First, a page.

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UK smoking ban would have many benefits for public health – but only if it’s effectively implemented

Most smokers start in their teens. Lana Veshta/ Shutterstock

Andrew Lee, University of Sheffield

MPs have recently voted to ban anyone in England born after 2009 from buying cigarettes, as part of the government’s plan to achieve a smoke-free generation.

Smoking is the single most important preventable cause of ill health and death globally. In England alone, around 64,000 people in England die each year from a smoking-related disease such as lung cancer, stroke and heart attacks.

There’s also the economic impact of smoking. Every year, around £14 billion is lost due to people being off ill or out of work as a result of smoking-related illnesses. Illnesses linked to smoking also cost the health and social care system around £3 billion per year. And, in 2022-2023, more than 400,000 hospital admissions could be attributed to smoking.

Research shows that most smokers start in their teens and become addicted for life. Many want to quit, but find it exceedingly difficult to do so because of their nicotine addiction. Indeed, one study noted that it may take thirty or more attempts before a smoker is successful in quitting.

Stopping smoking at any age is beneficial. But the effect is greatest if young people are prevented from smoking in the first place.

Public health benefits

Smoking rates in the UK have been falling over the last few decades, in part helped by tobacco control efforts during this time. In 2022, just under 13% of adults (around 6.4 million people) in England smoked cigarettes compared to nearly half the population in 1974.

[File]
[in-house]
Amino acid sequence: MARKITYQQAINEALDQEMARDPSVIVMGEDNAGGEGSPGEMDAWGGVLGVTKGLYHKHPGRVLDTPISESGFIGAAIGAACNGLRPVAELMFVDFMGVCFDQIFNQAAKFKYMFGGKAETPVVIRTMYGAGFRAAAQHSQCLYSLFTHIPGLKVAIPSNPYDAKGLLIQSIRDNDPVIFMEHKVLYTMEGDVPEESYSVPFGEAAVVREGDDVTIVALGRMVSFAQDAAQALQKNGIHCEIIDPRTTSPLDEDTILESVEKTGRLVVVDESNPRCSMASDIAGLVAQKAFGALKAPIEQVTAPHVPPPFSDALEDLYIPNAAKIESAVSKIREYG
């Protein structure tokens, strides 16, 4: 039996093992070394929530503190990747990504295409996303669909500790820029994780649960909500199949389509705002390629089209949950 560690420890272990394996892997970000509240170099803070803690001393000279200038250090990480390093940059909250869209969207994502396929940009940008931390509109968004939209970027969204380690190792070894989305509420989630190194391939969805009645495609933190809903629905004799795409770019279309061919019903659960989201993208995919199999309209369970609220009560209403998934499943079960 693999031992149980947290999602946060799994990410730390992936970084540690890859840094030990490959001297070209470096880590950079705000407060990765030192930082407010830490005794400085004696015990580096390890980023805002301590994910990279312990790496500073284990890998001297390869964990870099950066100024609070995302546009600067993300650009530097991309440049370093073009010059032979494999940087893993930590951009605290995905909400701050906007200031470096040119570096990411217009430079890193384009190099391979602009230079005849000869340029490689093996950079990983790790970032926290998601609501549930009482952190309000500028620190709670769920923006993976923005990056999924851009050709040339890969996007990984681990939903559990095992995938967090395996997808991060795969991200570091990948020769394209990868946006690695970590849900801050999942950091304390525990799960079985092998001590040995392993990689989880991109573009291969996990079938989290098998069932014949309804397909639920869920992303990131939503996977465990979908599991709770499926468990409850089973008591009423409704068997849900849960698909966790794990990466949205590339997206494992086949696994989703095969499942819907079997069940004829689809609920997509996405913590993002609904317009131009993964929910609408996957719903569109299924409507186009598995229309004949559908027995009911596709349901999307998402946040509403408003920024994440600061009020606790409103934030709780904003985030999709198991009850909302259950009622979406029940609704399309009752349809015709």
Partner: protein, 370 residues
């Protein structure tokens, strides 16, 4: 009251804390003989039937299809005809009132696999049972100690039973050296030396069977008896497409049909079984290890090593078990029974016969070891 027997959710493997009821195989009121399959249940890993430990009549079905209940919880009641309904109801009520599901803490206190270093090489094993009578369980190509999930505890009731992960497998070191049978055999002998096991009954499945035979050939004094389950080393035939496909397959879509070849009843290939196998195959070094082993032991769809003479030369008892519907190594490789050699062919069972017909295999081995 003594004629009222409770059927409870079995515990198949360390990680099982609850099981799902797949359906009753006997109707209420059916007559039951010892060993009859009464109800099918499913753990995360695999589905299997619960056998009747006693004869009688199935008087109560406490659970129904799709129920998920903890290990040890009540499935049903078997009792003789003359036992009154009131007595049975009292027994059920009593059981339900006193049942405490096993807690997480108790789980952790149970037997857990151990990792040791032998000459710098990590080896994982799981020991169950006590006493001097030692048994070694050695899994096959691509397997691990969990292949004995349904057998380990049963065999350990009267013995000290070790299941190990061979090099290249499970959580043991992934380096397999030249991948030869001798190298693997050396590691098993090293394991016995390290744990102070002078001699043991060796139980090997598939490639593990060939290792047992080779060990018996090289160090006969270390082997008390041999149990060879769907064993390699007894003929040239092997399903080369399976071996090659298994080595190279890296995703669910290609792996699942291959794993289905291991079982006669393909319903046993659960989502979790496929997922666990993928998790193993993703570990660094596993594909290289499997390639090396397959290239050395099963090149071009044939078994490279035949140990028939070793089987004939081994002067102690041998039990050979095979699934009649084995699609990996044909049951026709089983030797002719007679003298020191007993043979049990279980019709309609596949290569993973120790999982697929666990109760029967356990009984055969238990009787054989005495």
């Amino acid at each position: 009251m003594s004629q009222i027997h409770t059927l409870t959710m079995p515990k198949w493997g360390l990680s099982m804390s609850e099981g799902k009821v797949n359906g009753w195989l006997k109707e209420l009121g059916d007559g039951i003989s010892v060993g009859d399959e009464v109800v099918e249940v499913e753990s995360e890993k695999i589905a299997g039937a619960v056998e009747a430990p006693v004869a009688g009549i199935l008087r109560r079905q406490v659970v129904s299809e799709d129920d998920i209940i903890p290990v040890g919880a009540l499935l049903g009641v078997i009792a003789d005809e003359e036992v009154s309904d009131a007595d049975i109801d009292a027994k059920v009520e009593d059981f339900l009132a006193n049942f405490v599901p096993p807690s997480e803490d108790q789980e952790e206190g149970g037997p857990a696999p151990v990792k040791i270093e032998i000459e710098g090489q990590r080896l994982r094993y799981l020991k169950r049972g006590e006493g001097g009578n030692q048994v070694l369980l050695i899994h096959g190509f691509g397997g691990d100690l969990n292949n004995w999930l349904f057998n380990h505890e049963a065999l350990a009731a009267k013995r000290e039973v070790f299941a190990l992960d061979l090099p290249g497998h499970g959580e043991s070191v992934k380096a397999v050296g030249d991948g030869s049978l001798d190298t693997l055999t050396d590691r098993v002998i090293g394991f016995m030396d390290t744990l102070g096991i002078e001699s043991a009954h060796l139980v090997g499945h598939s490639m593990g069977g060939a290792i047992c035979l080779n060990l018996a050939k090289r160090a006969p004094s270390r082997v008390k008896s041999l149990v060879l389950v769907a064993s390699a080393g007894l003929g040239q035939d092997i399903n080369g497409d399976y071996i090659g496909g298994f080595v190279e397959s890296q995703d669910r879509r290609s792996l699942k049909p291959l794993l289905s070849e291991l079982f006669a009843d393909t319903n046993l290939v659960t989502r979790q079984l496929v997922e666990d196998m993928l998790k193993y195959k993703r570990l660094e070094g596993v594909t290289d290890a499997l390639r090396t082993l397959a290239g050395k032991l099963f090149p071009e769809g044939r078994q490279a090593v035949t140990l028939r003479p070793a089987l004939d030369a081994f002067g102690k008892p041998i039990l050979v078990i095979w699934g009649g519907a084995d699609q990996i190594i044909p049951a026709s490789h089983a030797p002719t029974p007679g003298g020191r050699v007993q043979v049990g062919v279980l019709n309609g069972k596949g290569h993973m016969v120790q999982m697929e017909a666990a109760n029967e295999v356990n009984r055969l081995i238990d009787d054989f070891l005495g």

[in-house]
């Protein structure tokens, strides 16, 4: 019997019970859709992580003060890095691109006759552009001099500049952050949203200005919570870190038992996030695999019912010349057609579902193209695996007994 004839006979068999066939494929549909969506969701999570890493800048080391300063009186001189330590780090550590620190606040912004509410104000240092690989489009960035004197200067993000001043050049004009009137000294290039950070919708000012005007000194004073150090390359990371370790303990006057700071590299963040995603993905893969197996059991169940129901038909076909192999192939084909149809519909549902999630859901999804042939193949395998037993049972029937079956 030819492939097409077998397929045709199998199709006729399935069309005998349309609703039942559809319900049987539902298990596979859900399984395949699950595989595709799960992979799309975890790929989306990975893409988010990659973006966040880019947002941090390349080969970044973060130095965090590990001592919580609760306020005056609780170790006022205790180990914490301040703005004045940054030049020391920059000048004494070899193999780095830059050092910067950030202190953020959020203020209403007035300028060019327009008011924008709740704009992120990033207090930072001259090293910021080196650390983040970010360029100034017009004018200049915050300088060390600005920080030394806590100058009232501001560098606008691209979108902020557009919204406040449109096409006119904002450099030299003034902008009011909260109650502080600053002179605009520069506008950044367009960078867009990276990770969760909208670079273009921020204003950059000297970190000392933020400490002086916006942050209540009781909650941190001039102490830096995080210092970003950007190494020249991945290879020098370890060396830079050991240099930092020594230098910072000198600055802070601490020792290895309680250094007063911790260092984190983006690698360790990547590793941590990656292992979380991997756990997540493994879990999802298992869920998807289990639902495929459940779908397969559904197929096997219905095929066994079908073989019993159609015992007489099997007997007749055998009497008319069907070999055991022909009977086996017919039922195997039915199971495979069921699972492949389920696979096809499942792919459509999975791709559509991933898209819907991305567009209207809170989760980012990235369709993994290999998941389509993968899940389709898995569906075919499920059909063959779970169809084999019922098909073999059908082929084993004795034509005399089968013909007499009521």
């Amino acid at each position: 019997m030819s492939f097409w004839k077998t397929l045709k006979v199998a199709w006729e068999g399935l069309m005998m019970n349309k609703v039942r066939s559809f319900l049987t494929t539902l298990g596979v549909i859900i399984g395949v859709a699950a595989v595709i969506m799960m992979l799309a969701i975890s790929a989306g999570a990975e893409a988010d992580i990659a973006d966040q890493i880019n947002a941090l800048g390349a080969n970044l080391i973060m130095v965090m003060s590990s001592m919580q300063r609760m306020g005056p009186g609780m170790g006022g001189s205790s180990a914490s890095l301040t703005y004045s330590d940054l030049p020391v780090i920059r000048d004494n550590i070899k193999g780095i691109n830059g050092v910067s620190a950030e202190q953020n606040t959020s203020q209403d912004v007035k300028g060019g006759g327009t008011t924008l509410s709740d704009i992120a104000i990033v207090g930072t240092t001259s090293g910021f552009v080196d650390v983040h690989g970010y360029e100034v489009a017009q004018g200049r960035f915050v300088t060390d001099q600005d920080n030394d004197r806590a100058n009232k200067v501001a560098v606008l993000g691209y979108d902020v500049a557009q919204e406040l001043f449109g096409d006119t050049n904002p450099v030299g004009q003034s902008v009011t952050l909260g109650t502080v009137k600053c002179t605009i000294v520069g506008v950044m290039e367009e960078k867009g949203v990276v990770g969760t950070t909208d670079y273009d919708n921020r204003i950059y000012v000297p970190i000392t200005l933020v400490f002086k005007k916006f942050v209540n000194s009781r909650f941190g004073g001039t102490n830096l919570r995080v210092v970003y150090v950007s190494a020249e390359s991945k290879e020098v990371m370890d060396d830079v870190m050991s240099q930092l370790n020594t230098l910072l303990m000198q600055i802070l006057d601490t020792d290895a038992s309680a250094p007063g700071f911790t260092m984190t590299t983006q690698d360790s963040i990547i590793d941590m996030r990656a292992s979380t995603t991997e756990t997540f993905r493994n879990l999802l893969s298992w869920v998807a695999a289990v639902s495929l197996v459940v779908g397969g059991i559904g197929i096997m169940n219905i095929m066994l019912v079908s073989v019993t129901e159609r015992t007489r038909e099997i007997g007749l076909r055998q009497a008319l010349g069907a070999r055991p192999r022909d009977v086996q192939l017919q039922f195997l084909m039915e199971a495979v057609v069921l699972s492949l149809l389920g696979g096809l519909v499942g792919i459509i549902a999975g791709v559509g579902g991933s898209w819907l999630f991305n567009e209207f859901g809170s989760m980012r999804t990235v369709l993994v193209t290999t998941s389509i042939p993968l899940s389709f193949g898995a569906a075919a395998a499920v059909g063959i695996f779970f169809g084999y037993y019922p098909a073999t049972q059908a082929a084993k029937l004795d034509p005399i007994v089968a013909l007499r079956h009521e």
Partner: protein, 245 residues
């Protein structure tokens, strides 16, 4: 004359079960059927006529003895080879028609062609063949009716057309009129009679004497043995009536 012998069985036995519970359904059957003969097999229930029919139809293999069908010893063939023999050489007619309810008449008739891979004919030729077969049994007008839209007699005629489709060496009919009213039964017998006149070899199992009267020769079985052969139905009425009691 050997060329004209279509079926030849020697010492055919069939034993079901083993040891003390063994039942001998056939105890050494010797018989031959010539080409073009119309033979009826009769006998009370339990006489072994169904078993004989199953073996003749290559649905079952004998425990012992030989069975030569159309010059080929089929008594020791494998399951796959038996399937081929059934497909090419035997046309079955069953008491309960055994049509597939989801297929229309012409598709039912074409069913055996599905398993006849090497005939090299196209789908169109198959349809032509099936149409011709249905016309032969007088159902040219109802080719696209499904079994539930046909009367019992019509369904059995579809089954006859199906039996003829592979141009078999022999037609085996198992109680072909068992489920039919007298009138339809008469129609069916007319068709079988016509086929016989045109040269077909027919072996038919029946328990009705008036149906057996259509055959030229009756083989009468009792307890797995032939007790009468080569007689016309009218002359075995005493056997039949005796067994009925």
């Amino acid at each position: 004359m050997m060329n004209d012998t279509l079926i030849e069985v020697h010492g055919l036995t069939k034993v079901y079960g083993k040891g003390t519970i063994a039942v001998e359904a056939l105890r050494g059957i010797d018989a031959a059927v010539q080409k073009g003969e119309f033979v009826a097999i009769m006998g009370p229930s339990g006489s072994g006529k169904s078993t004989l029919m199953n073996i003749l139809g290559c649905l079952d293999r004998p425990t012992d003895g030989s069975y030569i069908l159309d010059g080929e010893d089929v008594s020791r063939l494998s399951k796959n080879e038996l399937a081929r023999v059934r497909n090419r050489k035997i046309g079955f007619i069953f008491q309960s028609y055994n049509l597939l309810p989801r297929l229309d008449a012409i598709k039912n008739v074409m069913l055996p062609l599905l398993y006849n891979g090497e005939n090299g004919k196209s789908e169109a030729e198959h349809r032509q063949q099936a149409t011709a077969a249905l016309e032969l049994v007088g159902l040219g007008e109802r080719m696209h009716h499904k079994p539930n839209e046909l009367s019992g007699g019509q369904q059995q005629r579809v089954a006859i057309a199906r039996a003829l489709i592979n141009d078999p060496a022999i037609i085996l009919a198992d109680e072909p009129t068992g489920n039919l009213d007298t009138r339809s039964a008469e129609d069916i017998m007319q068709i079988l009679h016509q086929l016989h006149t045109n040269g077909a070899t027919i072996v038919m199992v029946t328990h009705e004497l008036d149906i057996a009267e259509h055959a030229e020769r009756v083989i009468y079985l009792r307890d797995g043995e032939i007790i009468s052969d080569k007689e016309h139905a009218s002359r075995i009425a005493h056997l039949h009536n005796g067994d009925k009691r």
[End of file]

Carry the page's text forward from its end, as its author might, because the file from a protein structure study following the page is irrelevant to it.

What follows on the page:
Young adults are more likely to be smokers than older adults, partly due to tobacco marketing that targets them. However, it takes many years for the harms of smoking to manifest. Effectively banning young people from ever being able to start smoking cigarettes would have many benefits for public health.

Smoking causes countless preventable diseases. These include nine out of ten cases of chronic obstructive lung disease, seven out of ten cases of lung cancer, early heart disease, stroke, dementia, and diabetes, as well as numerous other cancers and medical conditions – such as stomach ulcers and severe asthma.

These diseases are often lethal. Indeed, smoking causes one in four of all UK cancer deaths, one in three deaths due to lung disease and one in nine circulatory disease deaths.

These harms are not limited only to smokers, either. Non-smokers exposed to secondhand smoke also suffer increased risks of these harms. This is particularly a concern for children, babies and pregnant women. Pregnant women exposed to secondhand smoke are also at greater risk of stillbirth and congenital malformations, low birth weights and cot deaths.